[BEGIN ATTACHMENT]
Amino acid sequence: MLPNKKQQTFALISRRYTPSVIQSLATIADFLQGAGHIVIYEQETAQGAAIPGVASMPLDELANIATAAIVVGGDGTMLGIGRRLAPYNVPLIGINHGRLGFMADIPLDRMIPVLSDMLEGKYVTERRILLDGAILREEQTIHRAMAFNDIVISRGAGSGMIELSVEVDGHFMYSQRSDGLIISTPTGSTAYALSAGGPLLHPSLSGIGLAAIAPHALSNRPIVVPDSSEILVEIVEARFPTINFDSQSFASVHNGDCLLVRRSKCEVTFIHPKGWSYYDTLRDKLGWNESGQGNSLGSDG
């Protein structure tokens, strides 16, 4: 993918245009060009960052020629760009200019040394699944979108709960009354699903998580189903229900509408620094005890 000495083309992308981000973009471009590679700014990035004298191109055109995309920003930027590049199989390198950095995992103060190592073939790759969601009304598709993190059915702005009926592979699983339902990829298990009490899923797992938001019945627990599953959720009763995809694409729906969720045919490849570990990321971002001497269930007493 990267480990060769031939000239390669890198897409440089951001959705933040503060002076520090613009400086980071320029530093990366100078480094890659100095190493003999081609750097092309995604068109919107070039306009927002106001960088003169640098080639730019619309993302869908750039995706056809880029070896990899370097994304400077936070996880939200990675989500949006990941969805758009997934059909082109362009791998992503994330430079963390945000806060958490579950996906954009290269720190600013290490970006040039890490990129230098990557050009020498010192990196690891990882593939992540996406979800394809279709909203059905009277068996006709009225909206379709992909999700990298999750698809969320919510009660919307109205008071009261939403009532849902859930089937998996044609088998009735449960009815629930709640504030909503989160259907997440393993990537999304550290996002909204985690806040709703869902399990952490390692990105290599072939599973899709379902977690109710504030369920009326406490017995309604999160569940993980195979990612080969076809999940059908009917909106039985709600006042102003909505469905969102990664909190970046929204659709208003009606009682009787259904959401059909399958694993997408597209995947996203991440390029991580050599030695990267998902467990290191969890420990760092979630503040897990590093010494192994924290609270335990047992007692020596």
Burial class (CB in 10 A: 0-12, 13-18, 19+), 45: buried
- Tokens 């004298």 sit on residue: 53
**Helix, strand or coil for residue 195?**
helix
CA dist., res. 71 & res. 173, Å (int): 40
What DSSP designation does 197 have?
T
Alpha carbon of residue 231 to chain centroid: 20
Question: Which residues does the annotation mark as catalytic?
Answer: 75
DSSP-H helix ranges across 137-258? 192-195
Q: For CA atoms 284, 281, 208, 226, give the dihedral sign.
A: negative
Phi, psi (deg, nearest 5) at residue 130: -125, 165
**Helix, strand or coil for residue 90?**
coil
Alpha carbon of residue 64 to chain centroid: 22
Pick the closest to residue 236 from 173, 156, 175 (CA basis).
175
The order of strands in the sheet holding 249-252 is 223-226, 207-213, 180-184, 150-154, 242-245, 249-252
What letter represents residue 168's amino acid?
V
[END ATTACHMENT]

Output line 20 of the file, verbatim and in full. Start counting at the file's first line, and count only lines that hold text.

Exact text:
Pick the closest to residue 236 from 173, 156, 175 (CA basis).